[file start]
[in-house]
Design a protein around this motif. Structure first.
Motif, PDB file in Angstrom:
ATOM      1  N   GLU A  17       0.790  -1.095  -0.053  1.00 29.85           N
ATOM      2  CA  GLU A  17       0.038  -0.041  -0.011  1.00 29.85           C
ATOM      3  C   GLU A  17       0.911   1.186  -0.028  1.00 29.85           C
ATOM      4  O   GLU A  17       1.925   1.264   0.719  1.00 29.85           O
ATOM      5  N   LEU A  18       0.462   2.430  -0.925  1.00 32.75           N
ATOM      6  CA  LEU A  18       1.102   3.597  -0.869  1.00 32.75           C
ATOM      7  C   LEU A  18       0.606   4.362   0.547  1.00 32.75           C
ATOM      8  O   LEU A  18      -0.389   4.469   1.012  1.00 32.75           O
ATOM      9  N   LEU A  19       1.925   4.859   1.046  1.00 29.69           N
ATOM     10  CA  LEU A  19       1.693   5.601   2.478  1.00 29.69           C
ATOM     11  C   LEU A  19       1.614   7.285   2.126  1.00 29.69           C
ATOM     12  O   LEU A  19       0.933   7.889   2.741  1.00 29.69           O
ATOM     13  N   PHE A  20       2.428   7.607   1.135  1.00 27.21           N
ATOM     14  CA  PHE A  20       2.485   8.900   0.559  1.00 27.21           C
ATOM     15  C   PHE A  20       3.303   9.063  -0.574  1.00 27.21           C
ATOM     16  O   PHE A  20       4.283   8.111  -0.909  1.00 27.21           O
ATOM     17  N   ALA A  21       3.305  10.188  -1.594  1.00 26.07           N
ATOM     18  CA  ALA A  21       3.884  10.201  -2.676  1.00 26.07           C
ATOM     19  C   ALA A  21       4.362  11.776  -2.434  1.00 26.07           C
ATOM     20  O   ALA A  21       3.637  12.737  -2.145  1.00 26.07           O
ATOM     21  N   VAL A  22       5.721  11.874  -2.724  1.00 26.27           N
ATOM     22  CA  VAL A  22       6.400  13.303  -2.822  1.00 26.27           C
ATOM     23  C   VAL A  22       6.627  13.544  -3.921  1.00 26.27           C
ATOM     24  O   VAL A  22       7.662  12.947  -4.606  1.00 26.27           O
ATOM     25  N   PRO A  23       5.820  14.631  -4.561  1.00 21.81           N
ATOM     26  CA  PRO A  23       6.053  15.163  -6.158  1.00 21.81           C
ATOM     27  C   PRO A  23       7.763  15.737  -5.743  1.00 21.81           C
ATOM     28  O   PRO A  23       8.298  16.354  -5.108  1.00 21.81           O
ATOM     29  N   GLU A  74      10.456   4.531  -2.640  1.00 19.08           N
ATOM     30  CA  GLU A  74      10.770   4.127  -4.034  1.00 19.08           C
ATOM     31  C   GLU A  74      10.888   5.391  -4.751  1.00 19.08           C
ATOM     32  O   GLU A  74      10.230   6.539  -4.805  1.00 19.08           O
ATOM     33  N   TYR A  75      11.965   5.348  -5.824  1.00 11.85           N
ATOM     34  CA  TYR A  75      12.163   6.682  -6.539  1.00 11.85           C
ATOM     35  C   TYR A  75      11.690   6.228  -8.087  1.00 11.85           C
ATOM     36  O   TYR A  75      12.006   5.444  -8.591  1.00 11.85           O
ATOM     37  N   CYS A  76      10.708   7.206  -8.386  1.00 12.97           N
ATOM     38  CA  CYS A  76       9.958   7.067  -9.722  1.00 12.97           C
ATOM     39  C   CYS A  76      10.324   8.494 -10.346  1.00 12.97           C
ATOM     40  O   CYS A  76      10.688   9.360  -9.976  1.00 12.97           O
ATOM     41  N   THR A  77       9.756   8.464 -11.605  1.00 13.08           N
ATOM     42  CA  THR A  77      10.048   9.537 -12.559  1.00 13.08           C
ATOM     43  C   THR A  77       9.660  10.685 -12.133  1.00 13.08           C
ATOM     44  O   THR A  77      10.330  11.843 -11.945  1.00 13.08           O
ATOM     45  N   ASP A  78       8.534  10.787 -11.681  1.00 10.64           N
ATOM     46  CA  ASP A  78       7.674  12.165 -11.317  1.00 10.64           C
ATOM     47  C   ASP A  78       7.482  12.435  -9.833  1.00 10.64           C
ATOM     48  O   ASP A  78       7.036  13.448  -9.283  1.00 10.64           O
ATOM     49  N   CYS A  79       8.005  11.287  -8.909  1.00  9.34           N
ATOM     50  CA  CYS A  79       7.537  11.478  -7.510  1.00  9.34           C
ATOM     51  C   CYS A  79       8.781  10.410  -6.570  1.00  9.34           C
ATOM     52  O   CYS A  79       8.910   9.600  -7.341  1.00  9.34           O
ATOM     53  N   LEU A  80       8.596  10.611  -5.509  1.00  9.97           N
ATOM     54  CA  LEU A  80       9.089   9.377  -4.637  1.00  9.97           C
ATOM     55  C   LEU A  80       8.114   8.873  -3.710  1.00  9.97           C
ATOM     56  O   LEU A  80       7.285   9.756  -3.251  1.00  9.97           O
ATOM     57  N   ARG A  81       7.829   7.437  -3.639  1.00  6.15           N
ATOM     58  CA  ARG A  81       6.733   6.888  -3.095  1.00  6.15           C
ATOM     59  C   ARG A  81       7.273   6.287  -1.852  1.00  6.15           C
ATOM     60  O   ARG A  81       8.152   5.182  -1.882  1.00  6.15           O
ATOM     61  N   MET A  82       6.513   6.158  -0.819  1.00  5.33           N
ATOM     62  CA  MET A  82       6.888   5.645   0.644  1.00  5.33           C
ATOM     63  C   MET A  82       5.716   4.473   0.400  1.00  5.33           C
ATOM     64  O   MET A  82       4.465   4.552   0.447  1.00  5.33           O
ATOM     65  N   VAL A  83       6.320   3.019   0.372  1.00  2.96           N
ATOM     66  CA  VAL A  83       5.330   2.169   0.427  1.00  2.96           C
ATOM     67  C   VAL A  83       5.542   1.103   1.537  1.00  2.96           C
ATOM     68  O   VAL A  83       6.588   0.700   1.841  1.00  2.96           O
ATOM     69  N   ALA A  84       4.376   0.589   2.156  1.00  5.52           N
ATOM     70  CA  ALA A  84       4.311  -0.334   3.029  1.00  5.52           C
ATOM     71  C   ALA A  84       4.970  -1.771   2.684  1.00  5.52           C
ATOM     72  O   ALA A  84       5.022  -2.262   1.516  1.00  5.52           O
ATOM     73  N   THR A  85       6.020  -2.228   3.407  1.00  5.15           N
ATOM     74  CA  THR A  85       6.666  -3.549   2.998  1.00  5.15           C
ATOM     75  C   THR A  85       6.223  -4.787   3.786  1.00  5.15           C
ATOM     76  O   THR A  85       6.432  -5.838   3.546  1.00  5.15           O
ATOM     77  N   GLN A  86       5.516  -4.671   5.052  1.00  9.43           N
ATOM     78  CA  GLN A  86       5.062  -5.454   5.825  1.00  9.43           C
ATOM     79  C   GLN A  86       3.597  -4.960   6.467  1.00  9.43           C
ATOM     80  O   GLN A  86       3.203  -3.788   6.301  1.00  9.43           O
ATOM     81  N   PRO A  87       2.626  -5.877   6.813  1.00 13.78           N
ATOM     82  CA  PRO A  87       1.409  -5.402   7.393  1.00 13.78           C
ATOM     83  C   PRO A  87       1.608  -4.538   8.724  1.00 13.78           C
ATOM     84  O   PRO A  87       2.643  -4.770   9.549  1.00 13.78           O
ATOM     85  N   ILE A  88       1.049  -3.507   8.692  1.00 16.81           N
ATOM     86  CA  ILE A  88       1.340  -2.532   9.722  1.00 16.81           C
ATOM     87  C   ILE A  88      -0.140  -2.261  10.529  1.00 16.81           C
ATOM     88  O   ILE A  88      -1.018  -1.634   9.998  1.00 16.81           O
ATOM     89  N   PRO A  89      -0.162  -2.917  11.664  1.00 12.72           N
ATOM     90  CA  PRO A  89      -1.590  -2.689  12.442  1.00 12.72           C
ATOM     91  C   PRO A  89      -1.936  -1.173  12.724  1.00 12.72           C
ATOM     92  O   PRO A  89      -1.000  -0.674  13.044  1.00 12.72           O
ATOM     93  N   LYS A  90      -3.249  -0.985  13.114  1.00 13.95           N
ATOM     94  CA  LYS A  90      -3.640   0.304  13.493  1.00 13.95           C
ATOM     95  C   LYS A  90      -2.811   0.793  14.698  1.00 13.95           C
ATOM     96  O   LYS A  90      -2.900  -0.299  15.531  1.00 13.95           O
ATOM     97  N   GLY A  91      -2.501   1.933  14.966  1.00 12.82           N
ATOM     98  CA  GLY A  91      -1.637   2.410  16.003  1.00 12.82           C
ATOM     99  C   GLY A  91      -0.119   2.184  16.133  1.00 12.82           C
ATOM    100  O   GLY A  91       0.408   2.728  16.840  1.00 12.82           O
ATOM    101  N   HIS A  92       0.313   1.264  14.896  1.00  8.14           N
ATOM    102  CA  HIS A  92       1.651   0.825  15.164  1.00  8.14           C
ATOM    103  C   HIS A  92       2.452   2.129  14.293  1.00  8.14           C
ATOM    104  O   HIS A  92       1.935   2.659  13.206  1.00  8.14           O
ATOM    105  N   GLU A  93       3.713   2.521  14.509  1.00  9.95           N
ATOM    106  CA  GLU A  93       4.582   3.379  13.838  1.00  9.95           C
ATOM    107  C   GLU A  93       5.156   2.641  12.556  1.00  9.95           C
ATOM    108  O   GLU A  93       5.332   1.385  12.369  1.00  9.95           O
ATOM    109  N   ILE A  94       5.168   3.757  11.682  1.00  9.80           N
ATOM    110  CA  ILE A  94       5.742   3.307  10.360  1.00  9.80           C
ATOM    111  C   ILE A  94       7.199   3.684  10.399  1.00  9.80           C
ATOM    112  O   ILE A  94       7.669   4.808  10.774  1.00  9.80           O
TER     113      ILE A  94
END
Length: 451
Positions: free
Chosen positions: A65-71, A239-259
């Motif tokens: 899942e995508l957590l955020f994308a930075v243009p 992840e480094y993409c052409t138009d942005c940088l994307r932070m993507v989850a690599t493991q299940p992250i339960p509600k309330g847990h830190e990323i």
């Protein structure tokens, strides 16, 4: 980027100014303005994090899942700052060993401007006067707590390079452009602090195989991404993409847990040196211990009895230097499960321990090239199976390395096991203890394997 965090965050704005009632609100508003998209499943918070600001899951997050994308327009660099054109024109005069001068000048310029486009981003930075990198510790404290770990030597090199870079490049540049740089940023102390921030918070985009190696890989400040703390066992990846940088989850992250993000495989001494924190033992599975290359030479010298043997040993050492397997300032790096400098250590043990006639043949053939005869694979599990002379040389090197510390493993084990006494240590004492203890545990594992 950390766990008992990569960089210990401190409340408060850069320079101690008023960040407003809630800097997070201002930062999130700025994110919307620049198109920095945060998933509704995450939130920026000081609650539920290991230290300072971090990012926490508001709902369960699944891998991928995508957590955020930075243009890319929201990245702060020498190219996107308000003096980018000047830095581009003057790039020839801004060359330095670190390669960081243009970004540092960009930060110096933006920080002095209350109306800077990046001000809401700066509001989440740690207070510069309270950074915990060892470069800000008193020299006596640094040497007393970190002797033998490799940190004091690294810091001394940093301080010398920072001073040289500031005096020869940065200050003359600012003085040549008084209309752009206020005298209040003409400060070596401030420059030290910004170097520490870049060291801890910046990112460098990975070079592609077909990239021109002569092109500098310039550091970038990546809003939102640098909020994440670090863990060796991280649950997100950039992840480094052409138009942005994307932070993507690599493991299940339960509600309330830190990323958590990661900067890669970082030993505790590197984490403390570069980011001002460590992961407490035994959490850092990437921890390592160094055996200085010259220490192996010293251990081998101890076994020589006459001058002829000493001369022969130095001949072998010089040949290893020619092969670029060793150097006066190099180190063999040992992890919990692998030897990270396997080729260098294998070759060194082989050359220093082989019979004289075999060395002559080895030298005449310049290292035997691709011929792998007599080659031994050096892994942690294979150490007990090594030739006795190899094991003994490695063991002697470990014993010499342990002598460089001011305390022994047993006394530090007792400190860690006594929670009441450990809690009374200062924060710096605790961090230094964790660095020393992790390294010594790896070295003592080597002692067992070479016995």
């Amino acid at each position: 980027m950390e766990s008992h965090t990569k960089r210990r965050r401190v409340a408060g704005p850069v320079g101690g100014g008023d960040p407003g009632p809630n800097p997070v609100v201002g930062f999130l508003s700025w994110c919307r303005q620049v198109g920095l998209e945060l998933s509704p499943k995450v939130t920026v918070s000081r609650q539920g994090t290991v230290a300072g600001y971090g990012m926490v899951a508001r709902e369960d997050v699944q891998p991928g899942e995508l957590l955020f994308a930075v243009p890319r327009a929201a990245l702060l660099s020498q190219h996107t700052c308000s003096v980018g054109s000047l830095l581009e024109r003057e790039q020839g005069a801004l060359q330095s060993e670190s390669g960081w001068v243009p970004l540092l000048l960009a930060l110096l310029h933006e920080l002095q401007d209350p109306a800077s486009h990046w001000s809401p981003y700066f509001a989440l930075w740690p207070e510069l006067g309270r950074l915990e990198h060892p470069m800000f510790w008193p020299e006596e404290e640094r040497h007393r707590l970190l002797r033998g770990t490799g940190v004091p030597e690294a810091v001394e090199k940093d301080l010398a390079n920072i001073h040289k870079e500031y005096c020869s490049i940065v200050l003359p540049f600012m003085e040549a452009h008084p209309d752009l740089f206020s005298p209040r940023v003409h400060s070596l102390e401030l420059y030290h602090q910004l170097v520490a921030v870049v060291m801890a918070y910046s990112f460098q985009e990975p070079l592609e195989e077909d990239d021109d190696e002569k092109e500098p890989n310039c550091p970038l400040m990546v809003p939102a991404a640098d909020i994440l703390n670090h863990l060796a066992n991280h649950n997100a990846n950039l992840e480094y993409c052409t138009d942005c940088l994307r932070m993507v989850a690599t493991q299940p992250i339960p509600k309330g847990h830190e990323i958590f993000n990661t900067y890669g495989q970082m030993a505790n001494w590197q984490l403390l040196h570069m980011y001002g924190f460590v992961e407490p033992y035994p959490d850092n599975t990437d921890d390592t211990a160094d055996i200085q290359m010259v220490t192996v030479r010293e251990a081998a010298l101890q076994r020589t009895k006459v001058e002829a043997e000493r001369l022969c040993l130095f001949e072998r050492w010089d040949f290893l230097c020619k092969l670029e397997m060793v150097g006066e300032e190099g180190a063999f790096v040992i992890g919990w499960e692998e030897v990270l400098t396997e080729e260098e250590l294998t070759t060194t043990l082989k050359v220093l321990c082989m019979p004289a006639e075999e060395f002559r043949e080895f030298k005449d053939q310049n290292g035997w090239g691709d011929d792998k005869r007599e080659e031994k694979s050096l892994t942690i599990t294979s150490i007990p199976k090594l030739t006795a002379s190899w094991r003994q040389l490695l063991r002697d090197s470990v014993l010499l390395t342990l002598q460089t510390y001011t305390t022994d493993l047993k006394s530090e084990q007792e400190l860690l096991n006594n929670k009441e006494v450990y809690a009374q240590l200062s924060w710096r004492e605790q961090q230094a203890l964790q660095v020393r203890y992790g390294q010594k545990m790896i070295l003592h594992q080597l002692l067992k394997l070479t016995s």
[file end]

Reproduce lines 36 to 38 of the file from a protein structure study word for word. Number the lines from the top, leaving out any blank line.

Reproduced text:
ATOM     33  N   TYR A  75      11.965   5.348  -5.824  1.00 11.85           N
ATOM     34  CA  TYR A  75      12.163   6.682  -6.539  1.00 11.85           C
ATOM     35  C   TYR A  75      11.690   6.228  -8.087  1.00 11.85           C